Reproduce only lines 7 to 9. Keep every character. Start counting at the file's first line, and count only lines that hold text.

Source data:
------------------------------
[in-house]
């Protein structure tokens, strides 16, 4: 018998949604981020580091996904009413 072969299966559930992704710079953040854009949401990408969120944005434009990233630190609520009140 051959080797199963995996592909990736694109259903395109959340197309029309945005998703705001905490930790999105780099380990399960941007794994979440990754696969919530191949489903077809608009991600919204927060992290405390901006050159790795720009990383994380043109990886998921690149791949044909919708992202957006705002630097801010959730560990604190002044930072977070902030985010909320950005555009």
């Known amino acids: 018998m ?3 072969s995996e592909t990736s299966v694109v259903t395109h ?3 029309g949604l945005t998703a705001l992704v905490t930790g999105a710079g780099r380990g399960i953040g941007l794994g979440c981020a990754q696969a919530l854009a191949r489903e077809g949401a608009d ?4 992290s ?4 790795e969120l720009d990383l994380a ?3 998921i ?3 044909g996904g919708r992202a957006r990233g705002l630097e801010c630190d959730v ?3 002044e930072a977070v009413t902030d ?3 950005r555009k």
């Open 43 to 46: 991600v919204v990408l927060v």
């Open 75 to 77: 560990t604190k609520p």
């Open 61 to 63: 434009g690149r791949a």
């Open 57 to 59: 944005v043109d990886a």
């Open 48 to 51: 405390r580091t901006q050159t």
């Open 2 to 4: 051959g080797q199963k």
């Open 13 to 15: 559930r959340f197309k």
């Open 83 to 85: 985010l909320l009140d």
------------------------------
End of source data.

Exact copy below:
């Open 57 to 59: 944005v043109d990886a």
């Open 48 to 51: 405390r580091t901006q050159t």
């Open 2 to 4: 051959g080797q199963k």